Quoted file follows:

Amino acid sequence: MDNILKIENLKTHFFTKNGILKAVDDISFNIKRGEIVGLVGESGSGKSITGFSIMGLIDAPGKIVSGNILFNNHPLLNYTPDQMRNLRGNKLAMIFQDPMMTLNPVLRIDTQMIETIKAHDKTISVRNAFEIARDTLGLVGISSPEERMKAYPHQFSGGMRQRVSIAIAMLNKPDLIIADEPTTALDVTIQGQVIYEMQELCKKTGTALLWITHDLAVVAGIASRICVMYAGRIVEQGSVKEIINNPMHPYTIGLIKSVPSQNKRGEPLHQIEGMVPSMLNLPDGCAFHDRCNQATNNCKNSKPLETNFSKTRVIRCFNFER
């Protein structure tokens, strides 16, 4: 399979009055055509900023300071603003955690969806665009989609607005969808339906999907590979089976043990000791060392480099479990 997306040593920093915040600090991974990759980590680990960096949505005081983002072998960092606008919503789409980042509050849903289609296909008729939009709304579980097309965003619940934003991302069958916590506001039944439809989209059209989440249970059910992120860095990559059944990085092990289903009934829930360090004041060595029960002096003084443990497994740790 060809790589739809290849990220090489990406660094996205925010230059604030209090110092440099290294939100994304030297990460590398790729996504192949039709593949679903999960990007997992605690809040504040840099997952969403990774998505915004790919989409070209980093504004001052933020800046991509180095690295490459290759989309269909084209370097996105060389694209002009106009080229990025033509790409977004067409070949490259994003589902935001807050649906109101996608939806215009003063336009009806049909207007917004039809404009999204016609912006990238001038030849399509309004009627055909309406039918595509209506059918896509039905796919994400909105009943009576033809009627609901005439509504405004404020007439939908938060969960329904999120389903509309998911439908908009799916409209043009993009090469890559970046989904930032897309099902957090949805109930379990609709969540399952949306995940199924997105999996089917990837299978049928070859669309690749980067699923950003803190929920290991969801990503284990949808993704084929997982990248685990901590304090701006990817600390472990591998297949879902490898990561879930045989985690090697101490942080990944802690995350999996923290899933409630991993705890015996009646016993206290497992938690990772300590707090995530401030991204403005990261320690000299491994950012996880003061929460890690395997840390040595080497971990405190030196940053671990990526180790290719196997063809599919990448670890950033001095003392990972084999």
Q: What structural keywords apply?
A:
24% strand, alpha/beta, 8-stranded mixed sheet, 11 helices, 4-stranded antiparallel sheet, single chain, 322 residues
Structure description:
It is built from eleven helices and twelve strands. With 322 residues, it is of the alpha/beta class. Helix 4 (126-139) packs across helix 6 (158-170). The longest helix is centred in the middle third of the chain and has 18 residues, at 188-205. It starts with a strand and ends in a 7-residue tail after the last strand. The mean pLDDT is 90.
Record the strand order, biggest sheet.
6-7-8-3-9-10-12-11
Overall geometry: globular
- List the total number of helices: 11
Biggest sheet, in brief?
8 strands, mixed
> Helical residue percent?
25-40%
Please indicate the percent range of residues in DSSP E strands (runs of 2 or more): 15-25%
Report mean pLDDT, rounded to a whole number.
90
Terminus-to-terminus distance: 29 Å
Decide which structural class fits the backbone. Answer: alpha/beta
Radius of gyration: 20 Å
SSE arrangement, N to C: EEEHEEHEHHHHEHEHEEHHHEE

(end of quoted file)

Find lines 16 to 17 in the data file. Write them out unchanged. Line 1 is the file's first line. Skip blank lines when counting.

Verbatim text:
Please indicate the percent range of residues in DSSP E strands (runs of 2 or more): 15-25%
Report mean pLDDT, rounded to a whole number.